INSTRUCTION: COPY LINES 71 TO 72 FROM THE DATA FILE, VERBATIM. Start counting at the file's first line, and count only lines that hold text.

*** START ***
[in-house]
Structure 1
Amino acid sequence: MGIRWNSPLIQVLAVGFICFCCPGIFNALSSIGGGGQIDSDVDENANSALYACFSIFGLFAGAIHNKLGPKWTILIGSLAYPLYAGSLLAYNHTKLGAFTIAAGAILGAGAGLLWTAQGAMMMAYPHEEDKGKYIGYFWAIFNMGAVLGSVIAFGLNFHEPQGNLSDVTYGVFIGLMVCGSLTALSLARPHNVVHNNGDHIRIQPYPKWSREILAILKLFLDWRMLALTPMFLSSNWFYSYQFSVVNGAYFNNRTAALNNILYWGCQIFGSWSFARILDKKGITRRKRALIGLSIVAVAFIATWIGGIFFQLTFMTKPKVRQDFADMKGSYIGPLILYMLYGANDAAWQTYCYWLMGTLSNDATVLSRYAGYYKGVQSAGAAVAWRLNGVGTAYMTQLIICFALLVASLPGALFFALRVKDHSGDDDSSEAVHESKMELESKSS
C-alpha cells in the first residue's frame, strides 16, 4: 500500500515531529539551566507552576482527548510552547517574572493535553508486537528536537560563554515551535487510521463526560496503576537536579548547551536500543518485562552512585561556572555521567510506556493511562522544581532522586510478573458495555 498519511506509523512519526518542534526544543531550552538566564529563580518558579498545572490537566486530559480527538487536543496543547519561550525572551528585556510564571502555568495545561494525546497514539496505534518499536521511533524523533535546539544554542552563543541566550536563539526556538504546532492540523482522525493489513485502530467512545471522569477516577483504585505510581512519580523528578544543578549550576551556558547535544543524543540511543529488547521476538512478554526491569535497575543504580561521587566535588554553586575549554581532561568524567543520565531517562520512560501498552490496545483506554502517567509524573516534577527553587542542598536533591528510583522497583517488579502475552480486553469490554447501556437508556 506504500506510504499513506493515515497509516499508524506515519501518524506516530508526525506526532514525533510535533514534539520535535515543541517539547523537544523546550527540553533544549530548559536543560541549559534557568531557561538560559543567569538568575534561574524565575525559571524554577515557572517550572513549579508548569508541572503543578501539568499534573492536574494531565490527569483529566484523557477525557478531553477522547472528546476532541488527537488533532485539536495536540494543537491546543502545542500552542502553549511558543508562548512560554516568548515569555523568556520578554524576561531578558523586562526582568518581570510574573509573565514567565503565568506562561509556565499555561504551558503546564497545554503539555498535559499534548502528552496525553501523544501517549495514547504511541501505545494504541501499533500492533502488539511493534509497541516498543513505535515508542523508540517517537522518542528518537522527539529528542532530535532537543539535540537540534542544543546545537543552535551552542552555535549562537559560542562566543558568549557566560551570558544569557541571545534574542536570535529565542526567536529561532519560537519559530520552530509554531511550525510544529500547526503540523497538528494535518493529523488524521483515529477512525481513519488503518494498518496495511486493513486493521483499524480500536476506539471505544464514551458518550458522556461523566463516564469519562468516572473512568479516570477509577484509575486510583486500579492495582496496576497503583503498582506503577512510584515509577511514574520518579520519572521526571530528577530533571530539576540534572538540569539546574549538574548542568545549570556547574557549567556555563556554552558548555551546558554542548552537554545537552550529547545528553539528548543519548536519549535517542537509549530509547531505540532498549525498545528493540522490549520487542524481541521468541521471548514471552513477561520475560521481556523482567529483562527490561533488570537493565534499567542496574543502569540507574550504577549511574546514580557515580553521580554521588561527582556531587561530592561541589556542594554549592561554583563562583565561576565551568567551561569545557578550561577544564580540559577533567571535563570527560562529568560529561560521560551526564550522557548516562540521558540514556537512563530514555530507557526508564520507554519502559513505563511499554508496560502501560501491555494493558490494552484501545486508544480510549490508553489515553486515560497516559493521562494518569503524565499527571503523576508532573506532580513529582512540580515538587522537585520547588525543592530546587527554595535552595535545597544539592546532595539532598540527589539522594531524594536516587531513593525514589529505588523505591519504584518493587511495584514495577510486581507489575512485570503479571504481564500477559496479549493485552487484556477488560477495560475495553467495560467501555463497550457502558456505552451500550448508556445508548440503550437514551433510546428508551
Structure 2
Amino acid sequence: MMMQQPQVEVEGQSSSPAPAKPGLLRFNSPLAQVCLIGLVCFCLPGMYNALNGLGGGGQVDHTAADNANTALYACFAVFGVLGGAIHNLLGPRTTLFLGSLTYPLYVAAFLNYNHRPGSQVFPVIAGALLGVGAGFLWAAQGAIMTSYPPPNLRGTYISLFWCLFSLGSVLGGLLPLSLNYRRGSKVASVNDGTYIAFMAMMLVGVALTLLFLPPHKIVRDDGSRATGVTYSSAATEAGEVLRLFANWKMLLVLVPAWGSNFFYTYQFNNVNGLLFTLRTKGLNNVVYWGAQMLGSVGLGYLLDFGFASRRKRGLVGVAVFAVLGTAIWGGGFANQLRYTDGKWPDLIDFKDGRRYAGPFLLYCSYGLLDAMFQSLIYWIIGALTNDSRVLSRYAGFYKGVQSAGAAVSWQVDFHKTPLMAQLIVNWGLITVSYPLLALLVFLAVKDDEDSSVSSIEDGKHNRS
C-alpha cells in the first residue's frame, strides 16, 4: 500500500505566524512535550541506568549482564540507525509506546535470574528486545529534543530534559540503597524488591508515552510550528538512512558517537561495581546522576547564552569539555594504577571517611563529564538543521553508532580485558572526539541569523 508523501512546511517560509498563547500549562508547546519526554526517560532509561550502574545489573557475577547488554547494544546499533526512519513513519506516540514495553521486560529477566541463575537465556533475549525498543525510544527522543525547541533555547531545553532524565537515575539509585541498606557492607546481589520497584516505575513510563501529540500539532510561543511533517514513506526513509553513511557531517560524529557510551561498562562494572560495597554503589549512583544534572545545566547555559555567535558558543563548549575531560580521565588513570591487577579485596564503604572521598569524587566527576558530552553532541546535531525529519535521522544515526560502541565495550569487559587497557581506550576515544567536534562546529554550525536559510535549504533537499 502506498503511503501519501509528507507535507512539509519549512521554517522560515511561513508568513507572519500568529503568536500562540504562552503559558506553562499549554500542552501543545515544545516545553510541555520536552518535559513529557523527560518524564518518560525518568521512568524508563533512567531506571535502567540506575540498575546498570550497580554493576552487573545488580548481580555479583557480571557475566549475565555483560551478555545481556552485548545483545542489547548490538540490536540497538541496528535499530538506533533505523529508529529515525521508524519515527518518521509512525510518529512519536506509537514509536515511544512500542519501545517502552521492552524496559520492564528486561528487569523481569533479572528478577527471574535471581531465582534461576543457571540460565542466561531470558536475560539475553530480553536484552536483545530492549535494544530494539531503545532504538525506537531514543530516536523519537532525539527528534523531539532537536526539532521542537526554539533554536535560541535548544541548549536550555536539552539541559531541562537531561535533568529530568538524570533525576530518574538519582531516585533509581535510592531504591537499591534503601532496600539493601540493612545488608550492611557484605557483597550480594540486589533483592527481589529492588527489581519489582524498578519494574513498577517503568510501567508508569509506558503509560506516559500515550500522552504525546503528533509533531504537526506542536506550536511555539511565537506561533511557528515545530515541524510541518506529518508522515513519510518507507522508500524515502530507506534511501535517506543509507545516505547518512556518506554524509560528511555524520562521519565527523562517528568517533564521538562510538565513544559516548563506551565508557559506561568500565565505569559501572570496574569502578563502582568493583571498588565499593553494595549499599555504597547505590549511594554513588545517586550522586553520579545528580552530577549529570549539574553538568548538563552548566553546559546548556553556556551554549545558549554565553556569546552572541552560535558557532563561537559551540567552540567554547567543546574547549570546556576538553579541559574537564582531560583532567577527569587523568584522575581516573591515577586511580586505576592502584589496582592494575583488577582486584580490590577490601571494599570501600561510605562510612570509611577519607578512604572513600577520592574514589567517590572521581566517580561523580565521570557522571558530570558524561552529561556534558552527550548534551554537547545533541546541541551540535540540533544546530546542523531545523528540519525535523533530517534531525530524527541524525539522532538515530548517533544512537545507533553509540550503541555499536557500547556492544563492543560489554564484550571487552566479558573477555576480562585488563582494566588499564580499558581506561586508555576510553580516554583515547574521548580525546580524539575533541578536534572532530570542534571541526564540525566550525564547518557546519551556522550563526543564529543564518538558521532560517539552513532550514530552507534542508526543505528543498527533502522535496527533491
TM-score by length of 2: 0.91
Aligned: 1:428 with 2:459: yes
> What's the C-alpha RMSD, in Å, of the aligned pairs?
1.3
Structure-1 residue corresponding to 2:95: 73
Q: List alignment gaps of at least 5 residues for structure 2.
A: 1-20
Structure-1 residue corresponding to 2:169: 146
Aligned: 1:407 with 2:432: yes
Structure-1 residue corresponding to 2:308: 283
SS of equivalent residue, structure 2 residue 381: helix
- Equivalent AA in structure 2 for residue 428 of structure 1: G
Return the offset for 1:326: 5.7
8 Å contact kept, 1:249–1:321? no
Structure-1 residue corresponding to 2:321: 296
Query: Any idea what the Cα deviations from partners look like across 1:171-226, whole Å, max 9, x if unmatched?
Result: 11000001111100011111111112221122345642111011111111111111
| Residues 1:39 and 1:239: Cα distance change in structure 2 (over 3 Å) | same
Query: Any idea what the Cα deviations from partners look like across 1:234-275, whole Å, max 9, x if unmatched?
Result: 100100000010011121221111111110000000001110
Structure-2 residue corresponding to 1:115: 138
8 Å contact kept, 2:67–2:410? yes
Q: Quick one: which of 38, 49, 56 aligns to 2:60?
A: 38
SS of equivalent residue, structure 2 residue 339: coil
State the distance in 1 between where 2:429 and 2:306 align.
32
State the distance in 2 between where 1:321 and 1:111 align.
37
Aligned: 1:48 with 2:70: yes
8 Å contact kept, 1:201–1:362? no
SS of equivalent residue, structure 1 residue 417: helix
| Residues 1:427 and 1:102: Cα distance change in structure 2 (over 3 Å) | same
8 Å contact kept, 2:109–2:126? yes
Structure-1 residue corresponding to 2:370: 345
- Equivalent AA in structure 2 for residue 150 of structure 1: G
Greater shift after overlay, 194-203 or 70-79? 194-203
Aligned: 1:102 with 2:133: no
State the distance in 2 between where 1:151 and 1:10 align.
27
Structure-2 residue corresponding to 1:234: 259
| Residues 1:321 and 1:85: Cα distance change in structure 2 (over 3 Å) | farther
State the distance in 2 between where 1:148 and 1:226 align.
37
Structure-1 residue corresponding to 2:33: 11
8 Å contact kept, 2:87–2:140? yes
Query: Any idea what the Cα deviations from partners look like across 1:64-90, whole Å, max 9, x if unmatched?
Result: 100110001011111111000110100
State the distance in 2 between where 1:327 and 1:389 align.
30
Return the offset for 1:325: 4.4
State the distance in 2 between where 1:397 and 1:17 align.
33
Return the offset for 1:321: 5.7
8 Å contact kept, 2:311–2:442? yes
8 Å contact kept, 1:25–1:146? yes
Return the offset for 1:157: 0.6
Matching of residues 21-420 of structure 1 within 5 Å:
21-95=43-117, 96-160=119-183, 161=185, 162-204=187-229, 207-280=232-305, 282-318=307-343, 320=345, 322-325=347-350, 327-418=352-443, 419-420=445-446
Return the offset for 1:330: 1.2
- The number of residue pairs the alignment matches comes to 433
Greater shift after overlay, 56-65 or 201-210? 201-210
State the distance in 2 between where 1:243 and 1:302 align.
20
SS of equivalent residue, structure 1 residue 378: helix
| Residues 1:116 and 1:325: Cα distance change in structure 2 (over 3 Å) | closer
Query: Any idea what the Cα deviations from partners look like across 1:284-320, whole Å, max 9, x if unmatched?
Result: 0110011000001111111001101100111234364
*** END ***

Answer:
20
SS of equivalent residue, structure 1 residue 378: helix